The general rule is that courts will not question counsel's trial strategy. The U.S. Supreme Court in Strickland held that evaluation of the performance of the trial counsel must be extremely deferential because it is too easy "to conclude that a particular act or omission of counsel was unreasonable" with the benefit of hindsight. Strickland, supra, 466 U.S. at 689, 104 S.Ct. at 2065, 80 L.Ed. 2d at 694; Loftin, supra, 191 N.J. at 198; State v. Norman, 151 N.J. 5, 37 (1997).

In reviewing these contentions against the trial record, it is patently obvious that this case did not turn on the medical testimony. Even if trial counsel had cross-examined the physicians or called his own expert, the medical evidence overwhelmingly showed that Awad suffered serious bodily injury. It is very unlikely that even the most experienced counsel would have been able to show that the injuries were merely "bodily injuries" which might have resulted in a third degree conviction. The definition of "bodily injury" means "physical pain, illness, or any impairment of physical condition."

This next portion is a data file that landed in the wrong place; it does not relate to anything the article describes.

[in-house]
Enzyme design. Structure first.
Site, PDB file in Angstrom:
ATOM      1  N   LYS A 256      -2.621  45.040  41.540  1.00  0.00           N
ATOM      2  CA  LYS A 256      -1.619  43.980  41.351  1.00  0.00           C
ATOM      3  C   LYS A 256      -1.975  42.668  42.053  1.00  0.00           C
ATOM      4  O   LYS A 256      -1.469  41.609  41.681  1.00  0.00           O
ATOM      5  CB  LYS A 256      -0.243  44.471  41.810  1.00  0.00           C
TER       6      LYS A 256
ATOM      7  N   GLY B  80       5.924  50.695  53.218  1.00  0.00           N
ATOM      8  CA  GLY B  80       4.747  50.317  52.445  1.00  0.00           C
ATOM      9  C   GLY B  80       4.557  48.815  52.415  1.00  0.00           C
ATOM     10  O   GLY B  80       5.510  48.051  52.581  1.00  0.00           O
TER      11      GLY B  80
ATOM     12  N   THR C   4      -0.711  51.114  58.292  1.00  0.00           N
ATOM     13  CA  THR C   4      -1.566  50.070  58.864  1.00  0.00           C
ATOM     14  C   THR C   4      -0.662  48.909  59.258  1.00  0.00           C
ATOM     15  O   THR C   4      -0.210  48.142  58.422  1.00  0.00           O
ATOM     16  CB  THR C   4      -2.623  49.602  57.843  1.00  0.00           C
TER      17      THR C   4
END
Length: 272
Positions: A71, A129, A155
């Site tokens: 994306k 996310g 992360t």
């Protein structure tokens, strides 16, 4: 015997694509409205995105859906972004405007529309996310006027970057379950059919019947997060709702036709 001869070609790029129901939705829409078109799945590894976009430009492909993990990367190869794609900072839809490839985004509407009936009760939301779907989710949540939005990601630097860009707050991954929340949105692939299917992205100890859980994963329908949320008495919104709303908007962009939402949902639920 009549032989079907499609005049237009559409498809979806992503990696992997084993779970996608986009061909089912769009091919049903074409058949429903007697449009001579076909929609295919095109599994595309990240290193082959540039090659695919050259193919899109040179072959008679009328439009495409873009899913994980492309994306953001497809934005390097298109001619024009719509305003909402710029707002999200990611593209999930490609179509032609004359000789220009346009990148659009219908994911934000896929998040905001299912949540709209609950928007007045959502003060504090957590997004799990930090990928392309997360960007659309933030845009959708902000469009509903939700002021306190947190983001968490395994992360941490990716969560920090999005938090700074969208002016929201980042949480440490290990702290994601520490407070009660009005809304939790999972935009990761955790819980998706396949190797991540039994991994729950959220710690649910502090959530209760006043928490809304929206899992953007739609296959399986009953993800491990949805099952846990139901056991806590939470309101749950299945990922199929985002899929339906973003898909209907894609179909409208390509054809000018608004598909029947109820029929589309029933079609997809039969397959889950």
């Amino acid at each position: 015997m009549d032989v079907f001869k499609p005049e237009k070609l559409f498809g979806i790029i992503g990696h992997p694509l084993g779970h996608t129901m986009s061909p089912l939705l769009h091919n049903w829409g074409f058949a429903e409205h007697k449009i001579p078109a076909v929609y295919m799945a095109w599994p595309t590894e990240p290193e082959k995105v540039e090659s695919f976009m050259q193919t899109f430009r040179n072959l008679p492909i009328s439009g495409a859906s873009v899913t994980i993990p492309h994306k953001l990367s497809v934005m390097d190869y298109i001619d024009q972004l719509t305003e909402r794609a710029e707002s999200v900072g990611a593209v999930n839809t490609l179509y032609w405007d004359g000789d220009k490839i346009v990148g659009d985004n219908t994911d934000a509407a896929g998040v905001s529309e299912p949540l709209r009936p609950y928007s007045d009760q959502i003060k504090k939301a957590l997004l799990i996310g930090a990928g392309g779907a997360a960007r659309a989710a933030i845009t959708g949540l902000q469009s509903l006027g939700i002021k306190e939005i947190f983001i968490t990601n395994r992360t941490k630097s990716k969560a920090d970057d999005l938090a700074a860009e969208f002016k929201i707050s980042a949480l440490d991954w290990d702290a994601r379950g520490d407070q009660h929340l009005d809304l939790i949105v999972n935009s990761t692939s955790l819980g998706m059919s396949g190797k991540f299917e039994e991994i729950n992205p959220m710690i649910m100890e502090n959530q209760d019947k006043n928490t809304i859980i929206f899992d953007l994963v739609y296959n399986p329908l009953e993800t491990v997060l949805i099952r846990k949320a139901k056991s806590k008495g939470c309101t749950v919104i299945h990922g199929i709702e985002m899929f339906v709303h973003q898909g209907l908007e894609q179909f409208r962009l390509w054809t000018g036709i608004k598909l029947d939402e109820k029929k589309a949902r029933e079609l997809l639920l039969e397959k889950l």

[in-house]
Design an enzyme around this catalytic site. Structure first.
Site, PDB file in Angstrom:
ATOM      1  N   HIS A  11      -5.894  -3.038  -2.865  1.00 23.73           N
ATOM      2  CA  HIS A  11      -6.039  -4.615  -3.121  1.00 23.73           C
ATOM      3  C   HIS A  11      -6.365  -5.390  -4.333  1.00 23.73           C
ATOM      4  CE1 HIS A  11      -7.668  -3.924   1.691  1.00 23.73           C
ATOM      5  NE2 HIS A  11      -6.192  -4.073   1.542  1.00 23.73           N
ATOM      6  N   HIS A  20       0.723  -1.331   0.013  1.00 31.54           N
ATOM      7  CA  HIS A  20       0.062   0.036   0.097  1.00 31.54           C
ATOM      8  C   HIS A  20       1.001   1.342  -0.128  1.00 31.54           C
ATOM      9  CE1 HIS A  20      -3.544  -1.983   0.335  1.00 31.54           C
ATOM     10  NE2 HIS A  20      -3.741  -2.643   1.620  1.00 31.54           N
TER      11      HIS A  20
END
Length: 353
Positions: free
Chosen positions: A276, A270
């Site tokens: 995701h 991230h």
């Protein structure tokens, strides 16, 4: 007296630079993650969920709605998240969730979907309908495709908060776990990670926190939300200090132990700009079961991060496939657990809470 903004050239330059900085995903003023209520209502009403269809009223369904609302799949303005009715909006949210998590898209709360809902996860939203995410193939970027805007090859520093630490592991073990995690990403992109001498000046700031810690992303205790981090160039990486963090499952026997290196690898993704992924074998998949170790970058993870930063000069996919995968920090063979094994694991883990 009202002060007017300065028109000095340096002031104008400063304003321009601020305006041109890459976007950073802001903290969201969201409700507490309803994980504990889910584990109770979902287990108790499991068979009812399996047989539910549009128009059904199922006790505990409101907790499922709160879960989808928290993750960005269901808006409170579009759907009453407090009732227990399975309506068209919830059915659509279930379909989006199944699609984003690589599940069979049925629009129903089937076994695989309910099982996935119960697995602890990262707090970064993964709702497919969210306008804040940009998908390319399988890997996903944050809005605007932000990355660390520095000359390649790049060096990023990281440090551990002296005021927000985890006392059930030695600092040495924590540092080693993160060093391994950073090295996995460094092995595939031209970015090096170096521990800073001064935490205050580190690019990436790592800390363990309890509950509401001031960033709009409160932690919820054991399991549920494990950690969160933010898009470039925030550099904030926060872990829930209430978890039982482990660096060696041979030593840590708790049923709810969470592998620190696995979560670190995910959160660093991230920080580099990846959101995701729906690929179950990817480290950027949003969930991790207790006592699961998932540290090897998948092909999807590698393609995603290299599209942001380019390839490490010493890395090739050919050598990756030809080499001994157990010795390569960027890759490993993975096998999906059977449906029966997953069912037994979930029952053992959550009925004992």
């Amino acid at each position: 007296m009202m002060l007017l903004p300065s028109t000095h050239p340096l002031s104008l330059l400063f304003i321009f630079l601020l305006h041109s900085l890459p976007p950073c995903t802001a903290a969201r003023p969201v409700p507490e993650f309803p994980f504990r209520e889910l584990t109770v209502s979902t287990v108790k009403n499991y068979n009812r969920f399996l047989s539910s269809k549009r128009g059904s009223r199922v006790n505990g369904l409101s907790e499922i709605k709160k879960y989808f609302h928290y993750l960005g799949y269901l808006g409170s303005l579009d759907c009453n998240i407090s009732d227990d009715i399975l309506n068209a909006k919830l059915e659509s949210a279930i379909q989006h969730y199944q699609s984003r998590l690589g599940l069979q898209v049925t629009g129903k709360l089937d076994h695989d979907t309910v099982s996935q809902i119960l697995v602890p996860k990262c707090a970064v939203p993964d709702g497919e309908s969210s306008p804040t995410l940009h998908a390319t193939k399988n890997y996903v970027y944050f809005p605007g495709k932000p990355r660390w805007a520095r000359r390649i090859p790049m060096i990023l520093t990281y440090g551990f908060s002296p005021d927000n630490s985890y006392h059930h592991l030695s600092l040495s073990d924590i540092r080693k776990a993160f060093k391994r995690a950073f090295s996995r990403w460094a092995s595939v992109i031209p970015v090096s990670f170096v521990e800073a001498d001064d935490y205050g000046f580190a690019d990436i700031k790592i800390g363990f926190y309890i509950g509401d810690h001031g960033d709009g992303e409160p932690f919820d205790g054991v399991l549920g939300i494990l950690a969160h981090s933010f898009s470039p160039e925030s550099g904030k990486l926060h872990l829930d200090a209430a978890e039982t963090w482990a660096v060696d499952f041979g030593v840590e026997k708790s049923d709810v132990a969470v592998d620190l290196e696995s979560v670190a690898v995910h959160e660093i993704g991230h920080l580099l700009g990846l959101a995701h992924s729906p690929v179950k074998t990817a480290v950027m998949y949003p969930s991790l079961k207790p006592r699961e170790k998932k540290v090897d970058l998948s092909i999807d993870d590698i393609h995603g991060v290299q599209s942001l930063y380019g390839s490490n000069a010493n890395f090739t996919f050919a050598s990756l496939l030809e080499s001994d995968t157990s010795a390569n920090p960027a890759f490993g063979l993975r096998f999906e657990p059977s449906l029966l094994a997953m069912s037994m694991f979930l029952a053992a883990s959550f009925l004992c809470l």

N.J.S.A. 2C:11-1a. It is undisputed that Awad suffered irreversible and permanent damage. It is irrelevant that he was in a coma for a week rather than a month. To have cross-examined the medical experts, who were essentially neutral witnesses on this quibble, might have caused a reaction from the jury. Trial counsel was correct in concentrating on other areas that might have brought about a different result.

The same analysis applies to the cross-examination of Awad's wife. An aggressive cross-examination would have endangered more sympathy for the witness.

Finally, defendant contends: